© Pavel Losevsky | Dreamstime.com
Here’s a truth about very young children: Unless they’re fast asleep, they love to be in motion. They run to their classroom, leap over puddles, squirm in your lap while reading a story.
While it can be exhausting, this is also great news. A child’s energy is momentum we can harness to lead young children toward becoming healthy adults.
When you help your child establish patterns of physical activity early on, they are more likely to practice healthy behaviors later in life and less likely to make common choices that can be predictors of future health woes, such as smoking, alcohol abuse, or poor diet.
Benefits of Activity
The physical benefits of being active are well known. Doctors have touted the importance of exercise in children for decades. But now, emerging science is giving parents a new imperative to encourage exercise. Since these benefits take root early, there’s no reason to wait to get your child moving.
Research indicates that along with shaping the body, physical activity also builds the mind, especially the emotional and social areas of the brain. Team sports, meditative yoga, outdoor play with peers, and family walks can lead children to important lessons about themselves and others.
The Park • In a city’s many public spaces, children can combine their imagination with their physicality, and go wild in a safe place. As an added bonus, they’ll generally encounter other kids, which is good way for your child to develop broader empathy and a better understanding of diversity. Waiting his turn to swing, work a seesaw, or play inventive games can provide social and emotional experiences.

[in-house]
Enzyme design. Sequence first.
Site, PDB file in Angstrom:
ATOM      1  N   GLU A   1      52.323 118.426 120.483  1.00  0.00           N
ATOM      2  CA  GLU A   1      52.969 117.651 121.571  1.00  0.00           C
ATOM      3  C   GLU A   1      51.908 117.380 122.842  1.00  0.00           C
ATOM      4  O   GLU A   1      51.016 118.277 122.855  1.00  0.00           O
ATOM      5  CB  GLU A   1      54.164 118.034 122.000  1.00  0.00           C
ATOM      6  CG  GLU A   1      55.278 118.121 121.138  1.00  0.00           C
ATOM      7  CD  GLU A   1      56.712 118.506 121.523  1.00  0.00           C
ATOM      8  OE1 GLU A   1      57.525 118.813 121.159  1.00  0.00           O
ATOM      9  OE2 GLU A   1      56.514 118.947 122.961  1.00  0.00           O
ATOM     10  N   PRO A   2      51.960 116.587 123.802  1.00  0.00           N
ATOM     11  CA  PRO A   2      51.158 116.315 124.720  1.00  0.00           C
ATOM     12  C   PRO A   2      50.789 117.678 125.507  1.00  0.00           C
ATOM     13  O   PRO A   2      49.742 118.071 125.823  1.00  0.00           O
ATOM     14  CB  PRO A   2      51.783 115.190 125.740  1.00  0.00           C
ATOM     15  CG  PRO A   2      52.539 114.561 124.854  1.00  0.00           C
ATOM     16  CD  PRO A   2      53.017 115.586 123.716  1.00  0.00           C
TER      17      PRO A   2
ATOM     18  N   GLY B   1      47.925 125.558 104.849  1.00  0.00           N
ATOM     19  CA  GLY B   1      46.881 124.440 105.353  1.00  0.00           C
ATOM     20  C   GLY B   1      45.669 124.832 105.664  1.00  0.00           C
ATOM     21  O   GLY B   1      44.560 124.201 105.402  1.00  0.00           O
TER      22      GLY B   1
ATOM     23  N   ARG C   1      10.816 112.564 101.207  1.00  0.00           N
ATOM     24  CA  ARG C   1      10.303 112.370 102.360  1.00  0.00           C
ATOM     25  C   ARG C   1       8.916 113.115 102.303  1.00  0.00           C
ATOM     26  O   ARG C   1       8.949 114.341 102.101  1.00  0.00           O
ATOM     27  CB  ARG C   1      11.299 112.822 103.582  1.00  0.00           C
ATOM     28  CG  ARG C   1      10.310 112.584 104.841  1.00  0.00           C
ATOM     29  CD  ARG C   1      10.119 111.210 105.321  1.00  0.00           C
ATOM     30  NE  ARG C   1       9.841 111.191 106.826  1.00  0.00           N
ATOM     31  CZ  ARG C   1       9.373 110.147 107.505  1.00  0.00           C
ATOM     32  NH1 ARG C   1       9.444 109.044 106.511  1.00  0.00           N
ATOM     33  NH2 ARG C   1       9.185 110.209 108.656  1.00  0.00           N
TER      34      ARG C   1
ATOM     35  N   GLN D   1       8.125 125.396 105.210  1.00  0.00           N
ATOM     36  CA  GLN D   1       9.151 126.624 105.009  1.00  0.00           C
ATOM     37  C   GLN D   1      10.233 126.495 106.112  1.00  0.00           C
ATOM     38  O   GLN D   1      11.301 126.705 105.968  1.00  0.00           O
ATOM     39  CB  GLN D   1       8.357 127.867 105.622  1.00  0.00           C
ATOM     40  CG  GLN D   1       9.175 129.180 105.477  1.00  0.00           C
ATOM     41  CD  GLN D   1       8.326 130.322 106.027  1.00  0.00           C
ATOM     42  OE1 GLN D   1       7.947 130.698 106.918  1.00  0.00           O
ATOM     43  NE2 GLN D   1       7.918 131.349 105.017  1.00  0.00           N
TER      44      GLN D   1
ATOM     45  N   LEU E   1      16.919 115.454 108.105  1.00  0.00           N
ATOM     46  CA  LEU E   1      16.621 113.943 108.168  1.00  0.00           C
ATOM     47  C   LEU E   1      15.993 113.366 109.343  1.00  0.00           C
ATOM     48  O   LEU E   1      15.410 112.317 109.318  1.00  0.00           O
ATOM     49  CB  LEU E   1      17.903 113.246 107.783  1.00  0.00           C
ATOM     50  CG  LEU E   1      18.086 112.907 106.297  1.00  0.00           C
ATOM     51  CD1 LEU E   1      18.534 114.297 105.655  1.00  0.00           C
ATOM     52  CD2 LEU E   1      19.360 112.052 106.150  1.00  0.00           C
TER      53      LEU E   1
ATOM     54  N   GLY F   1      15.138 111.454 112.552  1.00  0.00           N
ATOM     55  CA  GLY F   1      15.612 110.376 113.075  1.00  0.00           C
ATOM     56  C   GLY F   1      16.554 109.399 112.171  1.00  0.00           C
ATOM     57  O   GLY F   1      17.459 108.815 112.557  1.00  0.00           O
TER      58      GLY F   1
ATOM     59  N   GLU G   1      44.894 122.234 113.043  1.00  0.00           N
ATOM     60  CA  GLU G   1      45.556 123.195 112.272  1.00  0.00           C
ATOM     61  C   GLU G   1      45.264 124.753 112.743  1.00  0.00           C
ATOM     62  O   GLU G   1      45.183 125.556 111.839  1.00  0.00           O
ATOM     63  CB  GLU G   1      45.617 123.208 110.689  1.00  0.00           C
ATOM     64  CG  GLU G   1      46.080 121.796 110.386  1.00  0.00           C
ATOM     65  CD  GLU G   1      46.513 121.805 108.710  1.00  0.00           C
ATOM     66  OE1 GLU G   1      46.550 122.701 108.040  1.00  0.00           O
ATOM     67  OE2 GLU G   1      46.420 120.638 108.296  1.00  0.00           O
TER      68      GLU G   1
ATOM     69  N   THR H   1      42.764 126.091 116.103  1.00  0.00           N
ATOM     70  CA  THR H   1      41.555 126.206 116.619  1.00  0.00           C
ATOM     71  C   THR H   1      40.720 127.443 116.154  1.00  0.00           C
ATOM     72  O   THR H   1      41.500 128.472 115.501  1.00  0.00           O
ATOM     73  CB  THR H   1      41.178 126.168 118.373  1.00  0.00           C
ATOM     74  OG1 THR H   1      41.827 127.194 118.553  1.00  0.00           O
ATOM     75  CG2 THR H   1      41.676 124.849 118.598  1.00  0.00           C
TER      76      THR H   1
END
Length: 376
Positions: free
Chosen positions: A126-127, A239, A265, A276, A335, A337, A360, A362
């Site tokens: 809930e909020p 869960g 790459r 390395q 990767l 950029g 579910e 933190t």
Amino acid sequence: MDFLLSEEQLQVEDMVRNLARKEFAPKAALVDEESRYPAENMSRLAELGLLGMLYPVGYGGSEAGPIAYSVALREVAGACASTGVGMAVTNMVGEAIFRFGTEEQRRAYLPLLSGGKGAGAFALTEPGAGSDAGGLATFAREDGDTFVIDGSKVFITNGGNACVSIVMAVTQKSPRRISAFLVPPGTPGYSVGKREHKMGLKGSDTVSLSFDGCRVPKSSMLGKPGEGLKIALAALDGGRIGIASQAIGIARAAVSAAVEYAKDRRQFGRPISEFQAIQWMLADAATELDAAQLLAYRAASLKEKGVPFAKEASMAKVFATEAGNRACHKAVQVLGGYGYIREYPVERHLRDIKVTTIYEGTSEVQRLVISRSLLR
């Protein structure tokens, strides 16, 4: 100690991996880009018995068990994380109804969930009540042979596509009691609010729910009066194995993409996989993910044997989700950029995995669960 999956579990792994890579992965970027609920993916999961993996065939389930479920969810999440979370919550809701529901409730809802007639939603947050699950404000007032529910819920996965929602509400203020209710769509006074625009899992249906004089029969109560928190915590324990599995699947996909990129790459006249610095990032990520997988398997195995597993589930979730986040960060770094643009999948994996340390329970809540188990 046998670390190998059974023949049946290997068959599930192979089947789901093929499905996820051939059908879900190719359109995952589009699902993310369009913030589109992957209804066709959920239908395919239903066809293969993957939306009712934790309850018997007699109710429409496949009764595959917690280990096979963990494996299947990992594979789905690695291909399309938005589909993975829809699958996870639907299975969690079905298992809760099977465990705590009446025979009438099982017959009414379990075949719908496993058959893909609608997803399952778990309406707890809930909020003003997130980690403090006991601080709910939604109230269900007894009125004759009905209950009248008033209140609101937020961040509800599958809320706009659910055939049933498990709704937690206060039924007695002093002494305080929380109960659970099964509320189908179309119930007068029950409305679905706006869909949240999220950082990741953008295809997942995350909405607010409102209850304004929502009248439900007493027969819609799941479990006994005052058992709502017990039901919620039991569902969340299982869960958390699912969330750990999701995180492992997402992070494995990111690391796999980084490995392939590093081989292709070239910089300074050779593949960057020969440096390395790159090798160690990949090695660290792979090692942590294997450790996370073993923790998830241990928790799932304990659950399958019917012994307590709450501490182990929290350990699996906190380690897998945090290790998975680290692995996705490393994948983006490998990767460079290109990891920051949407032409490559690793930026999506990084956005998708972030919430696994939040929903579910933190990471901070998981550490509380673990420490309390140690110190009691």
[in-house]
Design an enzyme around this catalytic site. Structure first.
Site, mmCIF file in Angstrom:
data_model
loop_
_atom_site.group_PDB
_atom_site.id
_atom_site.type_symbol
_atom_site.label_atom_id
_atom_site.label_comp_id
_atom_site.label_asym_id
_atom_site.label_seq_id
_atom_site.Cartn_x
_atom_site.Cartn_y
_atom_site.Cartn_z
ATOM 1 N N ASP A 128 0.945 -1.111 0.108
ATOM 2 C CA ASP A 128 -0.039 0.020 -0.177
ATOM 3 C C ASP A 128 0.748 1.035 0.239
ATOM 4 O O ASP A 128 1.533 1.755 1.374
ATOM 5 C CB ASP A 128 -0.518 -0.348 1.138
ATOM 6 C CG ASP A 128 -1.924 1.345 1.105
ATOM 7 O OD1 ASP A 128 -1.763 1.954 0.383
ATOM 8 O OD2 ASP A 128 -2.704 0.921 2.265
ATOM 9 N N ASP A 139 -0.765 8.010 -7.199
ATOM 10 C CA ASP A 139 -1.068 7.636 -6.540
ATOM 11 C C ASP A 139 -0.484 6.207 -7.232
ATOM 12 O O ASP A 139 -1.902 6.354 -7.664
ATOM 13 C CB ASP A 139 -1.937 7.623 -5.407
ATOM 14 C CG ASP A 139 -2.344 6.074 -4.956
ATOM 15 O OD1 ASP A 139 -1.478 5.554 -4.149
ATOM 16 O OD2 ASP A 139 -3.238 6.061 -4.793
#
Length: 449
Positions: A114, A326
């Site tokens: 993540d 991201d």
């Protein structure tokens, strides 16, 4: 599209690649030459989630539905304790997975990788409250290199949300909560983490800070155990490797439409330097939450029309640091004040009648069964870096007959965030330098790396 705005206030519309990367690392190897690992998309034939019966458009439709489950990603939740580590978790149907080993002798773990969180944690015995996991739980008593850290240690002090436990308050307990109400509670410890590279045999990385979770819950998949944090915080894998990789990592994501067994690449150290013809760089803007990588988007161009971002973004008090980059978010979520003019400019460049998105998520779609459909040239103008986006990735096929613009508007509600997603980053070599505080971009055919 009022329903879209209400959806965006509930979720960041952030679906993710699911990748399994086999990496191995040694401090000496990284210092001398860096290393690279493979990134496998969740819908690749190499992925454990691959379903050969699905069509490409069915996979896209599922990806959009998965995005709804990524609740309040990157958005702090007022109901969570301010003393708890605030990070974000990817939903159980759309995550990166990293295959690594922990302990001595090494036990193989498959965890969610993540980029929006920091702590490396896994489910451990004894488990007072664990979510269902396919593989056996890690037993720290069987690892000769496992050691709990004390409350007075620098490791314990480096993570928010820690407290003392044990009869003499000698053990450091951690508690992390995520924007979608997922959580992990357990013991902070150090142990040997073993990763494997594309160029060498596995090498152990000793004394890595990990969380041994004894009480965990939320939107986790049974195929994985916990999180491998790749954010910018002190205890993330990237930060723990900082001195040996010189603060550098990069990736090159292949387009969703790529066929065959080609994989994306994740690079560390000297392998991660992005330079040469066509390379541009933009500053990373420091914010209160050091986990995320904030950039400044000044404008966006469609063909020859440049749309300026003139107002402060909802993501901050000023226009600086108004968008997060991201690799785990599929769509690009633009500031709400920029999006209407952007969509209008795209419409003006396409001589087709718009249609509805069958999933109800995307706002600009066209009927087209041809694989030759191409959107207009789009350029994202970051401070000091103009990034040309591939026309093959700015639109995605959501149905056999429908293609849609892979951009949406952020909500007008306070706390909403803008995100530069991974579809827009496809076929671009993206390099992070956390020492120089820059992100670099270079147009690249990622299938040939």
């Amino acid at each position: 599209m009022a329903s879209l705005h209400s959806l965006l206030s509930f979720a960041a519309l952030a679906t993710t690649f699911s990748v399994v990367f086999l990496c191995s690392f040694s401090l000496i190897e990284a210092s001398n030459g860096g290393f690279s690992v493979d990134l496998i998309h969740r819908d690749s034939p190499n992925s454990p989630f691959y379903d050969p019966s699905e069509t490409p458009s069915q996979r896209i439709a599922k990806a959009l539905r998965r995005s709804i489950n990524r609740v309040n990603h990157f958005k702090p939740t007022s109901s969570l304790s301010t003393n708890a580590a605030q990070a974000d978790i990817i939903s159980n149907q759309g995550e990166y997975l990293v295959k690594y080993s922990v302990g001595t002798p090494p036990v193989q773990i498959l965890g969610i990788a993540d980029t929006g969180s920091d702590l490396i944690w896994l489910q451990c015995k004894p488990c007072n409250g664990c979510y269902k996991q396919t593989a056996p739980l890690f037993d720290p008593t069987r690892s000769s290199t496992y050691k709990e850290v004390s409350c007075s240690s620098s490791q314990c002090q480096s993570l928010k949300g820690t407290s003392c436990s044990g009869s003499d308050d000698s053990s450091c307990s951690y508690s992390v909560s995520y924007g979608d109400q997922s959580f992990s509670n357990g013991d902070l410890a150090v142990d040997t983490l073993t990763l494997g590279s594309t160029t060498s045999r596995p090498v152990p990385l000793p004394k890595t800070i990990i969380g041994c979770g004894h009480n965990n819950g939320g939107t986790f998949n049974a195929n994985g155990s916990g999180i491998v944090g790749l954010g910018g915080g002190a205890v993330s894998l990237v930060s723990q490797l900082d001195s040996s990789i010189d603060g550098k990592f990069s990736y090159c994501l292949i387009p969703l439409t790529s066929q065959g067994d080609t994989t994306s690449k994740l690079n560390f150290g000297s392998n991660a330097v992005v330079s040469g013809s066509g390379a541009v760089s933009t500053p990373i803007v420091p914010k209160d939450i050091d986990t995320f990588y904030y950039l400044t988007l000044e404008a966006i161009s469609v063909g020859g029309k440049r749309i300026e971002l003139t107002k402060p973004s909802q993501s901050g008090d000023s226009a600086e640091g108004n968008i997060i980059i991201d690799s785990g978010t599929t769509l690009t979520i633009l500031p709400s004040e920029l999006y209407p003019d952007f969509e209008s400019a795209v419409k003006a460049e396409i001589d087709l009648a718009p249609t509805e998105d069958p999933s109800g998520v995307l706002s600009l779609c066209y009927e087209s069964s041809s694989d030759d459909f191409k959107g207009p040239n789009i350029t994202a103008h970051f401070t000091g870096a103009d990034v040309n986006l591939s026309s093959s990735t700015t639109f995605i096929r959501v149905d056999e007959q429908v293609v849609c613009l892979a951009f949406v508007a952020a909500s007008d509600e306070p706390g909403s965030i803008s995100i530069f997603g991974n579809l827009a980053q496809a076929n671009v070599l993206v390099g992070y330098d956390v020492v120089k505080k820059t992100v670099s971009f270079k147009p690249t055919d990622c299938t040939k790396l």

On Foot • The Greenline, the Shelby Farms trails, the hikable hills of Shelby Forest or Chickasaw Park, our area is bursting with interesting pathways to explore on a family walk. Get tricked out in comfortable shoes and find the route for your family. Kids will love seeing how easy nature is to encounter in Memphis, and sharing the path with walkers, bicyclists, and dog-joggers can teach subtle but key lessons about our social web.
A Little Structure
Among Peers • Its 2015, give your little girl a nod for the karate class she’s been talking about, or introduce your fidgety son to yoga for preschoolers. You’ll quickly see your children beginning to learn how their bodies move and function. They’ll also learn where they fit into a team and how their talents blend with others. Those experiences will likely provide the hilarious-in-retrospect childhood rites of passage that come from dramatic lessons in pride and embarrassment.
With the Family • There are also fun opportunities for family sporting, from the more elaborate camping and canoeing weekend to simply setting up the croquet set in the backyard. Children hone their motor skills and sweat a bit in the outdoors while they’re absorb lessons in rule-following, winning and losing, and following directions from a team leader. You’re also expose them to new experiences, and possibly introduce them to new, life-long habits.